* The 3 Stages of a Dawn Photography shoot February 12 2017

I've wanted to write a Blog about how a Dawn shoot evolves for a while now. I had a Sunrise shoot last week which gave me some images that showed the 3 stages of a Dawn shoot perfectly. 

Photographers have to be strongly-motivated if they are to capture the scenes they want. A Photographer shooting Dawn would aim to be in position, rigged to shoot, at least 30 minutes before Sunrise. In this non-technical Blog, I've set out the timing & results that can be anticipated from a typical shoot. It varies widely, of course, depending on Cloud depth & positioning. 

This is written from a photographer's perspective, & covers the visual side of Sunrise. Some info about the Scientific side of Sunrise & Light-Diffraction follows at the foot of the blog. The images featured in this article will be featured on this website, & available for purchase, shortly. 

The early stage is usually between 30 & 10 minutes before Sunrise. The colours are clean & pure, pastels-based, tending to be more Pink & less Orange. The Sun is still well below the horizon, & it's rays are just starting to travel through the higher parts of the Earth's atmosphere, which holds less of the dust, petro-chemicals & salt-spray that exists in the atmosphere closer to the ground. In the Alps, where pollution is minimal, this early stage of Dawn & the last bits of Dusk can be just ridiculously Pink, with no hint of Orange.  To view this image Full-screen, go to: https://www.facebook.com/imagesatmurrays/photos/a.562948533816552.1073741836.468820293229377/1120474784730588/?type=3&theater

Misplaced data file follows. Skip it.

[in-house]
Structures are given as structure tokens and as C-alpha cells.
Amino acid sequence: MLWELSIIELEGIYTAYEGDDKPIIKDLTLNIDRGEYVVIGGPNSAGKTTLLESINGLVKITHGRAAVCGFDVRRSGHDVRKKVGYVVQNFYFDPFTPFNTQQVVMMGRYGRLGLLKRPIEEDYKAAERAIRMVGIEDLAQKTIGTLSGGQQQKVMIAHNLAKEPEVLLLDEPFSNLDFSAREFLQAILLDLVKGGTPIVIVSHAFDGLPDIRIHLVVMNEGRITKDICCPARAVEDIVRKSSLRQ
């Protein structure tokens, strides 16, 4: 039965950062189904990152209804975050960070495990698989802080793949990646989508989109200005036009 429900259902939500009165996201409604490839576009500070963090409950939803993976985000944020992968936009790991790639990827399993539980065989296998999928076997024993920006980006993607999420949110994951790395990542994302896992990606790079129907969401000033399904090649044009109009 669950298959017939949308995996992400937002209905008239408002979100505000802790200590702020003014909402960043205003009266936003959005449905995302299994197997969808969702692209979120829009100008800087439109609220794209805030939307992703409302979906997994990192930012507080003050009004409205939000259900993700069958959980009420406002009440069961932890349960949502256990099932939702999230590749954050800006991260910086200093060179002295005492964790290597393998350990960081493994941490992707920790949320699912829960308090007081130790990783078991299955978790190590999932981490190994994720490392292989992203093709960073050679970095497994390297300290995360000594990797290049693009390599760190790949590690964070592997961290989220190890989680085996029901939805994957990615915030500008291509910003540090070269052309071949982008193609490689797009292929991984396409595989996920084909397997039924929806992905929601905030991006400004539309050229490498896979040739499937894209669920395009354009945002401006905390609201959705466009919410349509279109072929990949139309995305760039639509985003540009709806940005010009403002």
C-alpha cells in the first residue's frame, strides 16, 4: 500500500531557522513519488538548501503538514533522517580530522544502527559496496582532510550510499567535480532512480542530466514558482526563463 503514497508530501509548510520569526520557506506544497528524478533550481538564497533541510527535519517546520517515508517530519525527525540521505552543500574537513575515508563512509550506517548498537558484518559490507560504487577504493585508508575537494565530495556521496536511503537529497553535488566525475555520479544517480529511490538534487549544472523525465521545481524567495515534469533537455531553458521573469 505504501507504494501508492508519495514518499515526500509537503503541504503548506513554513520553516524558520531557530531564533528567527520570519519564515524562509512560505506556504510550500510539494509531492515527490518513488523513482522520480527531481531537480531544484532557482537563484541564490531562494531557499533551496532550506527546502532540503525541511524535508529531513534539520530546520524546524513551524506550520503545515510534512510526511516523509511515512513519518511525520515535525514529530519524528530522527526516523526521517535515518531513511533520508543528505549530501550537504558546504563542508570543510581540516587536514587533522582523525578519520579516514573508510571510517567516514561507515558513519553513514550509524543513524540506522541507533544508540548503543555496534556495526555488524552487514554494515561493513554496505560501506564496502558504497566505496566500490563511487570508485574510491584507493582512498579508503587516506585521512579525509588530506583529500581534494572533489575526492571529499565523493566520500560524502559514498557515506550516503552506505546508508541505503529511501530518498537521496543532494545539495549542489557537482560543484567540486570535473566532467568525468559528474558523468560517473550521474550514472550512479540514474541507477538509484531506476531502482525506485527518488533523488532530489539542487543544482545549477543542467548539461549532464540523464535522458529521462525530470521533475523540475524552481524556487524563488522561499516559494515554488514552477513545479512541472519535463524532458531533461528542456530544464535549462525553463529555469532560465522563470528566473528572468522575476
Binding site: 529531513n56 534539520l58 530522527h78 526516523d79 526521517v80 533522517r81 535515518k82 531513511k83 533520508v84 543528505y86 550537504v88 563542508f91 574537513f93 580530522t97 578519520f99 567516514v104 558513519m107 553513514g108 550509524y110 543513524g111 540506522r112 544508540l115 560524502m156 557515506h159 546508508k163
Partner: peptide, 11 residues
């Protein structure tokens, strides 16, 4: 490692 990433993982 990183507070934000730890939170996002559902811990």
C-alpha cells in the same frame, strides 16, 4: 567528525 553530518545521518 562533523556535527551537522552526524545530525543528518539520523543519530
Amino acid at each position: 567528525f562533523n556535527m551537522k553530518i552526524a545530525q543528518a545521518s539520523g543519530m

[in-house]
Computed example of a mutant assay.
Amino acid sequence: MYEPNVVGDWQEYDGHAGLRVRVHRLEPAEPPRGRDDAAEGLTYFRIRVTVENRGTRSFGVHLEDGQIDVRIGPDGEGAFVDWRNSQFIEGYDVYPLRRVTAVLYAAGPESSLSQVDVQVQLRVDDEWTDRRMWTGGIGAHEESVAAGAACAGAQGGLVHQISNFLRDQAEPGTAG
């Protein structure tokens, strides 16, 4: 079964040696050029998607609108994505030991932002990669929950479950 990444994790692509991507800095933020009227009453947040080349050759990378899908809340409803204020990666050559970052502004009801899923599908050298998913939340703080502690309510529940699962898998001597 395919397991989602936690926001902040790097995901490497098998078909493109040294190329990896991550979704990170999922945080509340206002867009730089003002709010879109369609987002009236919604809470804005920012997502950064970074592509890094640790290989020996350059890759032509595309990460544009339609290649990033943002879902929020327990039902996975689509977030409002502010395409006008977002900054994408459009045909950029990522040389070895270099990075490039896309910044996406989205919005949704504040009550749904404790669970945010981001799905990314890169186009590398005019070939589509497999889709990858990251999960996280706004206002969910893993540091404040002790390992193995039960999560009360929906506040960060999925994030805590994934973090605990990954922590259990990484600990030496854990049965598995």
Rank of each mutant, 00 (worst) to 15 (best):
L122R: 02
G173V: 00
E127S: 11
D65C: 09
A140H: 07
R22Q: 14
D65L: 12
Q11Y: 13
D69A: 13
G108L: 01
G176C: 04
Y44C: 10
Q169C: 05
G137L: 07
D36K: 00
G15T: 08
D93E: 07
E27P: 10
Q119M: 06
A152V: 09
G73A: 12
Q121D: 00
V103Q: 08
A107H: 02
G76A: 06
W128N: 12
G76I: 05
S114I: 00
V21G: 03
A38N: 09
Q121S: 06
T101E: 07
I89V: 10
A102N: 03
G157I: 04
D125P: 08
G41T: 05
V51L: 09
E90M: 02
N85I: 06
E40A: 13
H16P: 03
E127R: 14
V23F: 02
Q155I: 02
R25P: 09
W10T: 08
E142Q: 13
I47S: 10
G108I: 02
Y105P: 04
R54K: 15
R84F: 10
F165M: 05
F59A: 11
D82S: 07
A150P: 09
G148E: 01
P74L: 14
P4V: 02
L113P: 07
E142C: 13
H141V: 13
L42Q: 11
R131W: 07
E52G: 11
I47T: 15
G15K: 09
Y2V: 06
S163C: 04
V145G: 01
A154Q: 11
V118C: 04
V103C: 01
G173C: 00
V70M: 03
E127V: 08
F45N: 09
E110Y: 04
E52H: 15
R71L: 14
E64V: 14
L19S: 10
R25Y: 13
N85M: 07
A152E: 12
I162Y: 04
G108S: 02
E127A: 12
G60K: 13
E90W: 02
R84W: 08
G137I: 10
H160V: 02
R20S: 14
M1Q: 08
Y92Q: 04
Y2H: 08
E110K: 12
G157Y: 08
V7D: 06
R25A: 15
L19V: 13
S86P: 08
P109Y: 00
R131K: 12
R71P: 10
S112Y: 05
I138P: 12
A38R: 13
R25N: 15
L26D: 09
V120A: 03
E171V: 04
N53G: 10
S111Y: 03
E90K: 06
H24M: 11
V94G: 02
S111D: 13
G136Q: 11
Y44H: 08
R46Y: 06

The later stage of pre-Dawn sees the Orange building & the Pink going or gone. The Sun is getting close to the horizon, it's rays are reaching the atmosphere closer to the Earth's surface, where they colour-up the more particle-laden air. At this point, particularly on clear-Dawn shoots, the photography's getting a bit tricky. The horizon's on the edge of losing it's highlights, in what I like to call `Horizon Burn'. To view this image in Full-screen, go to: https://www.facebook.com/imagesatmurrays/photos/a.562948533816552.1073741836.468820293229377/1119029498208450/?type=3&theater

 

In the post-Dawn stage, the Sun has risen above the horizon & the colours are diminishing fast. The Sun's rays are travelling through less atmosphere by the time we see them, so the colouring-up process is diminishing. When the pastel colours of Dawn change quickly & disappear as the Sun appears, it indicates that the thickness of the pollution that causes the colouring-up process is relatively thin. This `Boundary Layer' varies considerably, tending to be thickest in times of settled weather patterns & light winds. To view this image in Full-screen, go to: https://www.facebook.com/imagesatmurrays/photos/a.562948533816552.1073741836.468820293229377/1119637124814354/?type=3&theater

For a more detailed explanation of the process, where the Light Spectrum is discussed in detail, I found an exhaustive array of discussion on the subject. One that summarised can be found at: https://www.howitworksdaily.com/question-of-the-day-%EF%BB%BFwhy-does-the-sky-look-red-at-sunrise-and-sunset/ 

I preferred the Wikipedia coverage of the colouring process; it can be found at: https://en.wikipedia.org/wiki/Sunrise#Colors